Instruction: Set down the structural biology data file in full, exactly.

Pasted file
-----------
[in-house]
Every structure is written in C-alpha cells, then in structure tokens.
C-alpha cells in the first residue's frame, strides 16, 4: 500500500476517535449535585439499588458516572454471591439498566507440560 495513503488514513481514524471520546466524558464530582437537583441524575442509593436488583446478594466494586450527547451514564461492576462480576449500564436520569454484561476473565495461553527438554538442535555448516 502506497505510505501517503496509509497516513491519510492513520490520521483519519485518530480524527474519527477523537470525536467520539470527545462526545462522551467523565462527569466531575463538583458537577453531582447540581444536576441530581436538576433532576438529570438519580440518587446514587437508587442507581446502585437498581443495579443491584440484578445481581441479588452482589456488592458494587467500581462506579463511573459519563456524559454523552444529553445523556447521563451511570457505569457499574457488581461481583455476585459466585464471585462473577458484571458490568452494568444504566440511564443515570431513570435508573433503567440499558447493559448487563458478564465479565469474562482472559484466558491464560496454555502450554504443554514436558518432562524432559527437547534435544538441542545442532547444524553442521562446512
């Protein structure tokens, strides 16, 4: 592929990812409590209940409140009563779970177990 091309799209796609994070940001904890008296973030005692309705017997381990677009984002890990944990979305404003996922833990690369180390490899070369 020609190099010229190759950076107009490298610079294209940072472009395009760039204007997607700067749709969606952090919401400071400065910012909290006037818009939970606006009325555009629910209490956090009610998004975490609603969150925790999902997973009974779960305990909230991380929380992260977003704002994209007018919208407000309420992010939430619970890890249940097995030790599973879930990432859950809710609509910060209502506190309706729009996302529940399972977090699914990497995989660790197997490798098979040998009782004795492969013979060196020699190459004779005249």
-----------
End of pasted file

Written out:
[in-house]
Every structure is written in C-alpha cells, then in structure tokens.
C-alpha cells in the first residue's frame, strides 16, 4: 500500500476517535449535585439499588458516572454471591439498566507440560 495513503488514513481514524471520546466524558464530582437537583441524575442509593436488583446478594466494586450527547451514564461492576462480576449500564436520569454484561476473565495461553527438554538442535555448516 502506497505510505501517503496509509497516513491519510492513520490520521483519519485518530480524527474519527477523537470525536467520539470527545462526545462522551467523565462527569466531575463538583458537577453531582447540581444536576441530581436538576433532576438529570438519580440518587446514587437508587442507581446502585437498581443495579443491584440484578445481581441479588452482589456488592458494587467500581462506579463511573459519563456524559454523552444529553445523556447521563451511570457505569457499574457488581461481583455476585459466585464471585462473577458484571458490568452494568444504566440511564443515570431513570435508573433503567440499558447493559448487563458478564465479565469474562482472559484466558491464560496454555502450554504443554514436558518432562524432559527437547534435544538441542545442532547444524553442521562446512
């Protein structure tokens, strides 16, 4: 592929990812409590209940409140009563779970177990 091309799209796609994070940001904890008296973030005692309705017997381990677009984002890990944990979305404003996922833990690369180390490899070369 020609190099010229190759950076107009490298610079294209940072472009395009760039204007997607700067749709969606952090919401400071400065910012909290006037818009939970606006009325555009629910209490956090009610998004975490609603969150925790999902997973009974779960305990909230991380929380992260977003704002994209007018919208407000309420992010939430619970890890249940097995030790599973879930990432859950809710609509910060209502506190309706729009996302529940399972977090699914990497995989660790197997490798098979040998009782004795492969013979060196020699190459004779005249």